Your next step is calculating financial ratios for each statement. It's a good idea to select a variety of liquidity, solvency, profitability, and efficiency ratios. Not every ratio will be appropriate for your business. For instance, if you don't have any long-term debt, there's no need to calculate the interest coverage ratio because you don't have to pay any interest.
Some accounting software will calculate your financial ratios for you. Automated calculations can save you time and improve accuracy. However, if your financials are complex, you may still need to perform some analysis manually.
3. Compare Ratios And Industry Benchmarks
It's a good idea to compare ratios across different periods. Start with a monthly comparison, then look at quarterly and yearly differences. Comparing ratios allows you to identify patterns that may be important to your business.
You can also compare your business performance to your industry's. You can find industry averages from various sources, including your bank. Banks use industry ratios to evaluate company performance for lending purposes. Your banker may share ratios if you ask for the data.
Dun & Bradstreet publishes ratios for over 800 industries, which you can access with a subscription. Some public libraries allow you to access their publication for free. You can check with your library to determine if it's available.
If you have competitors that publish their financial statements, you can use them to compare your company's performance. You may be able to find their current financials on their company website, which you can use for benchmarking. However, remember that differences in operating structures and company size may make comparison difficult.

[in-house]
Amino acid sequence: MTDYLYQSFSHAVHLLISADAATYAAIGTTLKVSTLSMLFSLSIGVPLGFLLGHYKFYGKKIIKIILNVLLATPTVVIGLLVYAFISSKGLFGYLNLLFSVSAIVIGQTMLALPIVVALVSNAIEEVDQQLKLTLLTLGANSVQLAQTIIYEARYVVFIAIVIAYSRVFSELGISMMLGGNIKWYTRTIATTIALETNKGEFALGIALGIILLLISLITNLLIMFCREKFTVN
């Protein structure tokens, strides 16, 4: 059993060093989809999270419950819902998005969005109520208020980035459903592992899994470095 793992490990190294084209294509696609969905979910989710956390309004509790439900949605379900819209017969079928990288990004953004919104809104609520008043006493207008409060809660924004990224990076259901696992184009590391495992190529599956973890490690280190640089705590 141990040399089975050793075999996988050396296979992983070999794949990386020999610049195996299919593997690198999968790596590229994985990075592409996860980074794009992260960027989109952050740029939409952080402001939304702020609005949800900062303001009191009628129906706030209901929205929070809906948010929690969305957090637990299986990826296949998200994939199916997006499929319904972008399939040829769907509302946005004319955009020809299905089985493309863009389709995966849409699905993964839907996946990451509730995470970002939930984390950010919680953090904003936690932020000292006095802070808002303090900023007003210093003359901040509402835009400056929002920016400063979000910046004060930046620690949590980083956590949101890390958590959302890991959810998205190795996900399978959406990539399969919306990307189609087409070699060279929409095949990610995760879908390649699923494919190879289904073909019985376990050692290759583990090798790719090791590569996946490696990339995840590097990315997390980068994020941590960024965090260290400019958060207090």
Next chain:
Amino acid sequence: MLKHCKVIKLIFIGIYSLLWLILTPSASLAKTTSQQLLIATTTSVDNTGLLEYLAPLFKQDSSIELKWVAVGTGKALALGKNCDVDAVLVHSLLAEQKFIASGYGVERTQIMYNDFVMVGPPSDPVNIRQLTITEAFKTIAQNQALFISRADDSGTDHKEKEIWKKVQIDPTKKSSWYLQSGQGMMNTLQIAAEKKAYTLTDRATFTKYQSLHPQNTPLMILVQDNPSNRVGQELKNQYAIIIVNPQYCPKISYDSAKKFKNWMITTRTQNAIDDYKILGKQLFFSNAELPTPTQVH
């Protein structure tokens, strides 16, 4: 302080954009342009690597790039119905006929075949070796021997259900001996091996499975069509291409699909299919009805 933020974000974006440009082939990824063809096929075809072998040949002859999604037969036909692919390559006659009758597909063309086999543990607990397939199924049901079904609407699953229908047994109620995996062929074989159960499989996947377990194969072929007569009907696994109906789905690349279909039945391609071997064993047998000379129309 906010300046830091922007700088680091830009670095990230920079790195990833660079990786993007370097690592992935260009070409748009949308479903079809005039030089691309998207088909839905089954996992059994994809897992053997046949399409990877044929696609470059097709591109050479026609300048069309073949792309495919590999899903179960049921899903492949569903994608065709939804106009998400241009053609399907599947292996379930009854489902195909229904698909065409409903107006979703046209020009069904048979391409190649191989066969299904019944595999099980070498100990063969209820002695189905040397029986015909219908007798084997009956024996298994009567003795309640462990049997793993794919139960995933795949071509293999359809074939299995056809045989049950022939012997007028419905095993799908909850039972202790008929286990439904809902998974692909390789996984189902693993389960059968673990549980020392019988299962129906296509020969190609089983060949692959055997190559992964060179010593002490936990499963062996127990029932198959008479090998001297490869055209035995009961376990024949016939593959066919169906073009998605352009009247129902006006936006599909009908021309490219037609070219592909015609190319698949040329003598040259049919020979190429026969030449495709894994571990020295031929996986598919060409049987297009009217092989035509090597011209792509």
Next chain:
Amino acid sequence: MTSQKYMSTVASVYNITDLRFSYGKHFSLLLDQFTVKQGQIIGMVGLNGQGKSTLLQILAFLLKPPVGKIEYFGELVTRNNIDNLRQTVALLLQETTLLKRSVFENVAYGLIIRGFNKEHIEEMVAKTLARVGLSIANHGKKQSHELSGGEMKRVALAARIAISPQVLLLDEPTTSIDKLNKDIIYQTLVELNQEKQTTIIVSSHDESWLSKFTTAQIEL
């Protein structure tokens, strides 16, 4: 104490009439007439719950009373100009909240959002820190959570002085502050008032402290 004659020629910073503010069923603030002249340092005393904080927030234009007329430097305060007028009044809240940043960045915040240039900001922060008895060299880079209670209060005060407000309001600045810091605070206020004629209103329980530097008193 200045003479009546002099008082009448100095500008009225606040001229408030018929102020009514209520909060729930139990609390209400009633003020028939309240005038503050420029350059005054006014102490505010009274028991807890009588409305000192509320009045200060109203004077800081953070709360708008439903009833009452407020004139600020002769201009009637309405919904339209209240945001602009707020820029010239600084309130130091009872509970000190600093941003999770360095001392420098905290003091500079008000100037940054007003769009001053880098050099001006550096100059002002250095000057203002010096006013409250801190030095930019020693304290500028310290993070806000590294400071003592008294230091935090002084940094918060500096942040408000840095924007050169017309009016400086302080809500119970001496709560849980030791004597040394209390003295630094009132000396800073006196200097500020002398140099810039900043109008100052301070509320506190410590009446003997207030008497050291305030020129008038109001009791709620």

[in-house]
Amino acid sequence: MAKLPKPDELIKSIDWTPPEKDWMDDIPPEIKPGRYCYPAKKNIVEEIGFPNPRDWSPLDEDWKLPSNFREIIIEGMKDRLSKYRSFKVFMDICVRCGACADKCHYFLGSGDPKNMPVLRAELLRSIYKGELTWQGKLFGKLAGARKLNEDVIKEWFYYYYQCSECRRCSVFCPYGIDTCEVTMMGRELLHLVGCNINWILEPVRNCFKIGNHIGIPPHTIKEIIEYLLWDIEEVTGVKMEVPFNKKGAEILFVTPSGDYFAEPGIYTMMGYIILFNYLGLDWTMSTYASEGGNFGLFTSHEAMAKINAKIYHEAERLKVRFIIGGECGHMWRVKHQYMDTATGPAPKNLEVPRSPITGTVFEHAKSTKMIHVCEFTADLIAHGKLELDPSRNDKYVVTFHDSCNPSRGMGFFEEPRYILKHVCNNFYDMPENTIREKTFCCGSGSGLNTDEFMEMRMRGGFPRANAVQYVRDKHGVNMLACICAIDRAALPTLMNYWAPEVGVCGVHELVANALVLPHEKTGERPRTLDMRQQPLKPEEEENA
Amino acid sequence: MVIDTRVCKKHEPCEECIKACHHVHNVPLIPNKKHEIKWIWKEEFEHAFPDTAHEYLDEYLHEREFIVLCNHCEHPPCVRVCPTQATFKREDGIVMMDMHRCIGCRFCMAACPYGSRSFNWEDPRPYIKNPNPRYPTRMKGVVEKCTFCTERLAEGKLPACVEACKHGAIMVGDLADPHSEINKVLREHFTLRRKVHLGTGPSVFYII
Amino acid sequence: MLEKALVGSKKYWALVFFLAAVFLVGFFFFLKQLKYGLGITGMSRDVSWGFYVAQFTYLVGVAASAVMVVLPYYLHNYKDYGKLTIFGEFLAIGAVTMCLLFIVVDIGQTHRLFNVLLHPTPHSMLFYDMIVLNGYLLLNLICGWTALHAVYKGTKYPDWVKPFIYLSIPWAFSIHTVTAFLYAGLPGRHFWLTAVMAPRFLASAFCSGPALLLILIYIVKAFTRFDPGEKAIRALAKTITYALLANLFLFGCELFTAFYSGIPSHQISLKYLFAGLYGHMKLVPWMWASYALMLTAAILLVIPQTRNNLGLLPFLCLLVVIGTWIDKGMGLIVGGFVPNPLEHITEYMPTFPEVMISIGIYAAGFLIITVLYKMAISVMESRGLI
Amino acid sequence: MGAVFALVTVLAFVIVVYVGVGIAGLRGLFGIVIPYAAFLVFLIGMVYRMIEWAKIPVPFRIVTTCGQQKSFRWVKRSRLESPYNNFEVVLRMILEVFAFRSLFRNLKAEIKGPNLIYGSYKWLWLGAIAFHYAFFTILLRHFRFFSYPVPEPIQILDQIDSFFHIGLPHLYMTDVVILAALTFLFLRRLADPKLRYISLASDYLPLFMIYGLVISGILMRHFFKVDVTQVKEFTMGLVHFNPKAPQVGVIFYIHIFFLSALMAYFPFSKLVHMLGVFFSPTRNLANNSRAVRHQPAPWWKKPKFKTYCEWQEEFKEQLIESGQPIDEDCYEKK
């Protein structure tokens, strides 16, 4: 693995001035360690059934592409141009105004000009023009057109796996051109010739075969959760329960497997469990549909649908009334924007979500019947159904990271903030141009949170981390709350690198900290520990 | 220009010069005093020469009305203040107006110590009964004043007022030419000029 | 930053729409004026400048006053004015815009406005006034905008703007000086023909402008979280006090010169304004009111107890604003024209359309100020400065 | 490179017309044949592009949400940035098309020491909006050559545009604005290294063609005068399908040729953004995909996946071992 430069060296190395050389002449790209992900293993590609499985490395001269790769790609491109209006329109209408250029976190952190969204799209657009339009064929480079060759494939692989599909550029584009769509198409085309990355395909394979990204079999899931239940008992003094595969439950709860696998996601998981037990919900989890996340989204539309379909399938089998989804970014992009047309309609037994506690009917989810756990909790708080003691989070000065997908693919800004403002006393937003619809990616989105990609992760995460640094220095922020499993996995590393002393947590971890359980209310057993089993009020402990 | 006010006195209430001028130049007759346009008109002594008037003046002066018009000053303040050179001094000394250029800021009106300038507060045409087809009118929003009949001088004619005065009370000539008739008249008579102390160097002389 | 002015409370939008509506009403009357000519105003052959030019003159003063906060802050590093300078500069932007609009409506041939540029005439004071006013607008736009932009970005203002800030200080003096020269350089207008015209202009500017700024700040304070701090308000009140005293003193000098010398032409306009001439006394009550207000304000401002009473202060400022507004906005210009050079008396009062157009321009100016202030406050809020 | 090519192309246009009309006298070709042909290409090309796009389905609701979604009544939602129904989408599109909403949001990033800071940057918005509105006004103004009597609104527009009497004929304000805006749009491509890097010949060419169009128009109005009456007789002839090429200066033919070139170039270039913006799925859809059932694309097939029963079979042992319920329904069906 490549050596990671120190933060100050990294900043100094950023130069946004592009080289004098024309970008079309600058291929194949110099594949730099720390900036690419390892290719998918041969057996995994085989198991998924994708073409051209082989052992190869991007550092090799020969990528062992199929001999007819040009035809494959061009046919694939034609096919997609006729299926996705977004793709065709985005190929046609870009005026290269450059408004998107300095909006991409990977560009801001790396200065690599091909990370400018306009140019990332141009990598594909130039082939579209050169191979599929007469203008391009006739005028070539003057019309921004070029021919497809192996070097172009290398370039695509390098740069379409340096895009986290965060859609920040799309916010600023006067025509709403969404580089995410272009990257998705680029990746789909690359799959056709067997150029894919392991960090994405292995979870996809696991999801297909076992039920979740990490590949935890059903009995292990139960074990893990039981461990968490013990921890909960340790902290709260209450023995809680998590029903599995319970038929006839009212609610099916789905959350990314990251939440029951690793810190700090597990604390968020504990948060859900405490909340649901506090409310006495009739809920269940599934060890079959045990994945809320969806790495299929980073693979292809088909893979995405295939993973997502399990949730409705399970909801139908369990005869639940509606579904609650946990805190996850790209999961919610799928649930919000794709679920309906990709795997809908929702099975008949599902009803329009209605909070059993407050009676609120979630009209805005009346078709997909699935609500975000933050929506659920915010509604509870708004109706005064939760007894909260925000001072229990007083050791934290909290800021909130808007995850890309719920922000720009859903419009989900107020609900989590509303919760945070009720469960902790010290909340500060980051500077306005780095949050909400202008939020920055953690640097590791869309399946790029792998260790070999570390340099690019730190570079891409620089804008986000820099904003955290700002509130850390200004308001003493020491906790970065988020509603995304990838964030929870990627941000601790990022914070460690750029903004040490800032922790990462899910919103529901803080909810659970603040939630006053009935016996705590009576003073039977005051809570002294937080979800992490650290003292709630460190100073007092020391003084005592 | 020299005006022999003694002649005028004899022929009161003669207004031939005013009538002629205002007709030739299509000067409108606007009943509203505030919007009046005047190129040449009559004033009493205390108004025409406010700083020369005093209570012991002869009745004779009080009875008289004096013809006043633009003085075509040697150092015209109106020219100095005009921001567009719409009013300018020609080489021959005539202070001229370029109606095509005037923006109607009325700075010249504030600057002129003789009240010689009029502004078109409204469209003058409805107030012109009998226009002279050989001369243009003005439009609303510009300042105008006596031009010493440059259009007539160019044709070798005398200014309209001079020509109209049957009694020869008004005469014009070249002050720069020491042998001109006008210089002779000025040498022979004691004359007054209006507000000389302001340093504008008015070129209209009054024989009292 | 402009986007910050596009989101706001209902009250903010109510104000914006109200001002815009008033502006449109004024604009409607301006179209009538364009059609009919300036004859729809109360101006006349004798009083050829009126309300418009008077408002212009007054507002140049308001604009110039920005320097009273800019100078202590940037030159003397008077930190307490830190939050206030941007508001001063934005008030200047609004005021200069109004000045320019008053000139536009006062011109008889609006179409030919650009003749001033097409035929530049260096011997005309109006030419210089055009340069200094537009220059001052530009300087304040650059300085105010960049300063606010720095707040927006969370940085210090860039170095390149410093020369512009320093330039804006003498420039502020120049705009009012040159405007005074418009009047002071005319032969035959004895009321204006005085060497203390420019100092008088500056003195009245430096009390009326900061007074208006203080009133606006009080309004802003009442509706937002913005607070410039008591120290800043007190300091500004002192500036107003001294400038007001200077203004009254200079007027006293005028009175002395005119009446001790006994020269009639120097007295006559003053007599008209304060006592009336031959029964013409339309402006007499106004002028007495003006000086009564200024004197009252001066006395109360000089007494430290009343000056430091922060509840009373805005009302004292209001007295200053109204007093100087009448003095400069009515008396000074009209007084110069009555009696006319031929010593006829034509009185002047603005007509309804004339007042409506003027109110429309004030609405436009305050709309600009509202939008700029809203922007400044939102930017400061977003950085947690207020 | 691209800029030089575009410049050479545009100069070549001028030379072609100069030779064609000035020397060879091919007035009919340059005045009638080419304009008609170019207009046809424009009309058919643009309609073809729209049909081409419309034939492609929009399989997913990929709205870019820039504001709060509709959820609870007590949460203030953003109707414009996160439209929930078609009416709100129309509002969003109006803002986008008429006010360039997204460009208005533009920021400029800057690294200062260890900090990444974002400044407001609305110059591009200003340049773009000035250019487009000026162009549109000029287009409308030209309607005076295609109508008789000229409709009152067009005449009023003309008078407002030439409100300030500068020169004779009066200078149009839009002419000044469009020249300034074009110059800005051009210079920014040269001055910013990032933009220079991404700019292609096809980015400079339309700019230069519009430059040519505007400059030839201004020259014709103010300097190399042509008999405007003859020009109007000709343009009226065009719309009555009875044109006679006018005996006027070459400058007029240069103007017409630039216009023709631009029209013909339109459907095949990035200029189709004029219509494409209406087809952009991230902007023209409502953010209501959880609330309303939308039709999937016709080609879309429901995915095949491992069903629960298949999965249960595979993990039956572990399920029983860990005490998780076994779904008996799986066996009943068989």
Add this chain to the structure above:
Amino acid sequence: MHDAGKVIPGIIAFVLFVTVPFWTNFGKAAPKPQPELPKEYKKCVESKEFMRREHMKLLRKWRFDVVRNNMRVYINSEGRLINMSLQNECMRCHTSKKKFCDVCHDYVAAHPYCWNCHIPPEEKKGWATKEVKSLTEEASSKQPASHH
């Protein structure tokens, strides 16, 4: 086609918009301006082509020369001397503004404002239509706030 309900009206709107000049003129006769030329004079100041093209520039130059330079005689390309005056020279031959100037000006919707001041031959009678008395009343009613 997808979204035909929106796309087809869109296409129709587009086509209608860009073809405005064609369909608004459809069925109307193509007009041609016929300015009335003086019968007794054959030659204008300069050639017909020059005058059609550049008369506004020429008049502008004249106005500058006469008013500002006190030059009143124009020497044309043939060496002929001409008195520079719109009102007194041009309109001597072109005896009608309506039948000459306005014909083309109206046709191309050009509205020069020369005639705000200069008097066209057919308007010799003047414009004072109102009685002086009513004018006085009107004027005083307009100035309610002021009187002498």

4. Identify Trends Over Time
Once you begin analyzing your financial statements, you'll want to track performance over time. Keep a record of all your ratios, and compare results monthly, quarterly, and yearly. You'll likely see trends and patterns that help you better understand your company's performance. Evaluating trends can help you pinpoint financial or operational efficiency shifts that need further analysis.
Remember, financial ratios come directly from your financial statements. You will need to look at underlying transactions to learn more about their meaning. Your accountant or financial analyst can help you decipher your transactions and how they impact your ratios.
5. Interpret Findings And Draw Conclusions
When you have a solid set of financial ratios, you can interpret their meaning. You'll use your results to determine where your company is doing well and where improvements might help. To do so, you'll need to understand what each ratio signifies.
You can use your ratios to set goals for your business. For instance, if your current ratio is low, you may have difficulty paying your short-term debts. You can improve your current ratio by paying off obligations or increasing assets.
Keep in mind that ratio results will differ depending on many factors. Your company's financing structure and industry both impact your results. Don't assume your business is in trouble based on a single ratio. Instead, look at your business from a holistic perspective. If you recently took on debt, your solvency ratios may be lower than you like. However, the debt might be necessary for future business growth.
Leverage Financial Analysis For Informed Decision-Making
Analyzing your business financial statements eliminates confusion around your company's performance. You'll feel much more comfortable knowing you have a solid grasp of your organization's operations. By calculating your profitability, liquidity, efficiency, and solvency ratios, you'll discover information that helps you make knowledgeable business decisions.
Consider speaking with a professional if you need help analyzing your financial statements. Experienced financial analysts can identify financial ratios critical to your business. They'll also help you interpret their meaning and help you set goals for improvement.